Controversial

Step Aside, Mobile: Banks and Retailers Should Hold Onto Traditional Coupon Strategies

Consumers are using their smartphones for all things retail these days. Well, not all things. When it comes to collecting coupons, many are still relying on more traditional methods like newspapers instead of turning to their mobile devices. In a recent podcast interview with PYMNTS, TSYS Director of Corporate Strategy and Planning, Joe Majestic, gave us insight on today’s surprisingly high number of coupon users, the influence (or lack thereof) of mobile coupons, and what banks and retailers must to do to keep their customers coming back for more.

 

In a payments space that’s practically gone completely digital where the paper version of anything comes second, there still happens to be some surprising statistics about who continues to opt for the “old school” ways.  TSYS’s Consumer Payment Choice Study, conducted with an online consumer survey and in-person focus groups, confirms that consumers are still heavily using coupons. In fact, 83 percent of respondents said they use coupons, which, said Joe Majestic, Director of Corporate Strategy and Planning at TSYS, proved to be rather surprising.

Consumers surveyed for the “Consumers, Coupons, and Daily Deals” report had various incomes, yet in nearly all income ranges, at least one third were using coupons 50 or more times a year, said Majestic.

“We didn’t see as much variability between different income segments as we thought we would,” he said. “In fact, the highest percentage of heavy users was in the 150 thousand plus income bracket.”  In terms of payment types, he added that coupon users tended to choose debit.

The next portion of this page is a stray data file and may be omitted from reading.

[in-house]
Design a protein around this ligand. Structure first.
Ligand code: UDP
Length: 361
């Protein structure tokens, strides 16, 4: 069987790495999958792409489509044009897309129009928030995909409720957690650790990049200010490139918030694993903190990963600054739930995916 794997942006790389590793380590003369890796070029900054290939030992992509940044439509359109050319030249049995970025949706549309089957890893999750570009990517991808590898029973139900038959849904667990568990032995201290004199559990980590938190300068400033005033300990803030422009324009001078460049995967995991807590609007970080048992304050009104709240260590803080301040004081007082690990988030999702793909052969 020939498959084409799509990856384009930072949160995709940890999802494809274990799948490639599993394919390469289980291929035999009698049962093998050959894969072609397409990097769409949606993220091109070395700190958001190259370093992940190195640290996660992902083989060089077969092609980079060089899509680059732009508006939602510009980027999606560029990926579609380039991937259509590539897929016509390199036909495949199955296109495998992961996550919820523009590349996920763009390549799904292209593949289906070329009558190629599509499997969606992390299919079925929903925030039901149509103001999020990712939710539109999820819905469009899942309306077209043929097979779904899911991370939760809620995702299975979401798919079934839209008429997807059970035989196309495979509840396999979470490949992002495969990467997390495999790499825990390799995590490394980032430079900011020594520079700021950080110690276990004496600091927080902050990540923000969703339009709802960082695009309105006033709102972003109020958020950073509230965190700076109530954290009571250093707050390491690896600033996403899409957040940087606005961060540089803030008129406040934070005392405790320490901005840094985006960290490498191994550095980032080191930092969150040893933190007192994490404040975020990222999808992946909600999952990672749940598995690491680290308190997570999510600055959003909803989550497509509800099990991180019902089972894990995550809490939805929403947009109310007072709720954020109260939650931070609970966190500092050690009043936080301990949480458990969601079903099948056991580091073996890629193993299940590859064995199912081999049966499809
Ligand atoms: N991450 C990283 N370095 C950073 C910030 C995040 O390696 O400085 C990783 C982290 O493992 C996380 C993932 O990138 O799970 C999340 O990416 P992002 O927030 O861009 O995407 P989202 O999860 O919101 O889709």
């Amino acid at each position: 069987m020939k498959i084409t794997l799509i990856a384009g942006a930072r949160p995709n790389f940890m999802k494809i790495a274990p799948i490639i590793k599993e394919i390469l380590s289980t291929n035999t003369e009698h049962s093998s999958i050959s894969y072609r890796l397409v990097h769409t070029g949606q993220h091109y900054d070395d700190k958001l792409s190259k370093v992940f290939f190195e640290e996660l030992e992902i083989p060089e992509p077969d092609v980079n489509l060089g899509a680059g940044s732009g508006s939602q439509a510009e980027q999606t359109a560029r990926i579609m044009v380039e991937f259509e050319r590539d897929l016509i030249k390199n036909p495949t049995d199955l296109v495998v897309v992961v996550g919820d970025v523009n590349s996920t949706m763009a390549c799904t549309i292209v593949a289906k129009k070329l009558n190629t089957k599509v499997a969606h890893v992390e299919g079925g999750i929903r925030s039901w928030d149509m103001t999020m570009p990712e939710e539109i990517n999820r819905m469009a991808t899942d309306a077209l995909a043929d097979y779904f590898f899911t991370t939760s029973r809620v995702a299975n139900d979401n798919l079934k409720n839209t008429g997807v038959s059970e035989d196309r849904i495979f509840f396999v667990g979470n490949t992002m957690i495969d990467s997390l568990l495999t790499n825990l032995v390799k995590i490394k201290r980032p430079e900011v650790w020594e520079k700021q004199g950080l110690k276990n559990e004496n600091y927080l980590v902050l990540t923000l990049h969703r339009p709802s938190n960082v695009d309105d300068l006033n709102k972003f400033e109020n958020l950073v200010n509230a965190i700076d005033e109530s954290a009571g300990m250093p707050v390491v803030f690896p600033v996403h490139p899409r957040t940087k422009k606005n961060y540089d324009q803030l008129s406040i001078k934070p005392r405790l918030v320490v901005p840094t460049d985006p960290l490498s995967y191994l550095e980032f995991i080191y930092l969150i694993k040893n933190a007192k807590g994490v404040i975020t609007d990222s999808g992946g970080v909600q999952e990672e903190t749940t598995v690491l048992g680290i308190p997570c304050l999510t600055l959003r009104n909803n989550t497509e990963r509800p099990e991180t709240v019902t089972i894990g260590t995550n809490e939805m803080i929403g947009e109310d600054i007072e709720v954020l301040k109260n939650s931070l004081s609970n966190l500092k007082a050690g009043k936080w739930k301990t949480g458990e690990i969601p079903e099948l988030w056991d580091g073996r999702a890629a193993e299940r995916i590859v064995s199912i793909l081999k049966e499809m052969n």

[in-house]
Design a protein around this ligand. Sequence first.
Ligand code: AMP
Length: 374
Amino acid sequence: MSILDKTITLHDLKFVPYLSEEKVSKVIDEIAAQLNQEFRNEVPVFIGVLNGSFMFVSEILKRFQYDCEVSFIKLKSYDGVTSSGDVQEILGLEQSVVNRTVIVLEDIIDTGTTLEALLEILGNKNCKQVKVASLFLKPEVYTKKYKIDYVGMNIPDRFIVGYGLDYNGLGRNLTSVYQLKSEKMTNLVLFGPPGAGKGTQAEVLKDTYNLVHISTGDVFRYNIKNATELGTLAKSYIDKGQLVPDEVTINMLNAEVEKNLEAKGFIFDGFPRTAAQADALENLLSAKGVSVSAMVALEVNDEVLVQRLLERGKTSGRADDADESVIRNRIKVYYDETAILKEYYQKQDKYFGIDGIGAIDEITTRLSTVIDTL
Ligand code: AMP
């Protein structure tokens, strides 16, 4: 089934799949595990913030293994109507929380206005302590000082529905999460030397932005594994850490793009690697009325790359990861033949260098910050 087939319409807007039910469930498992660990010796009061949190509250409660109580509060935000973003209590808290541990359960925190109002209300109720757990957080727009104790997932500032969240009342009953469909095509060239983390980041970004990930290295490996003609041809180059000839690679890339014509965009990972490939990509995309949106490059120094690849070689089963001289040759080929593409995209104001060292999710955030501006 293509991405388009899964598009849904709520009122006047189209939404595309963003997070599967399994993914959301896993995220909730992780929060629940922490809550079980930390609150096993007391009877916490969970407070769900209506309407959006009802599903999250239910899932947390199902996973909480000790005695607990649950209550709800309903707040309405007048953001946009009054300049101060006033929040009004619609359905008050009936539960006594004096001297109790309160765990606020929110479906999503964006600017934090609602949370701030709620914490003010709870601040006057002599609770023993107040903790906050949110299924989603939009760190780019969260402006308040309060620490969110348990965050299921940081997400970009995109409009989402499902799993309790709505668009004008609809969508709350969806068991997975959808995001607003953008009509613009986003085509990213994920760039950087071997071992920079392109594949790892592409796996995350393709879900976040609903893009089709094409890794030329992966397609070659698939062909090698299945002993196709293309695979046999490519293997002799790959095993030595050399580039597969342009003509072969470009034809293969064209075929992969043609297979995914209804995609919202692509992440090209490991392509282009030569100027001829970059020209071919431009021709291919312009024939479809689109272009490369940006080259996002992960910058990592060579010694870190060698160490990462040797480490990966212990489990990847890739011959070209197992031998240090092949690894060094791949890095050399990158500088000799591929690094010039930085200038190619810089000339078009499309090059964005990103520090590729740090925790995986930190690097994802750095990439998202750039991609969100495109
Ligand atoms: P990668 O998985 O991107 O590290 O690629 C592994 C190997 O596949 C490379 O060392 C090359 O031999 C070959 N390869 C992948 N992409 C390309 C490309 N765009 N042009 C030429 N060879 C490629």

According to the report, the high percentage of coupon use did not link to growing smartphone use – only one in five of those surveyed said that they were getting coupons via a mobile app. The top-ranked source, said Majestic, was newspapers, followed by online, and then store circulars. However, this does not mean that mobile has “left people cold” when it comes to the coupon – rather, it’s “just a function of changing behavior and will grow over time,” said Majestic.

About half the respondents also indicated that they were open to receiving coupon offers from their bank, but only 12 percent said they remembered actually receiving an offer. Given most consumers get their coupons from traditional sources, banks must aim to increase consumer education around these deals, said Majestic, sparking more of a change in behavior.

With the large amount of traditional coupon users that exist today, the key takeaway for retailers and banks is to understand and focus on the best (yet not always new) methods to reach their customers, keeping them coming back for more.

 

To listen to the full PYMNTS podcast, CLICK HERE

 

For more on this study download the “Consumers, Coupons, and Daily Deals” white-paper by clicking the button below.

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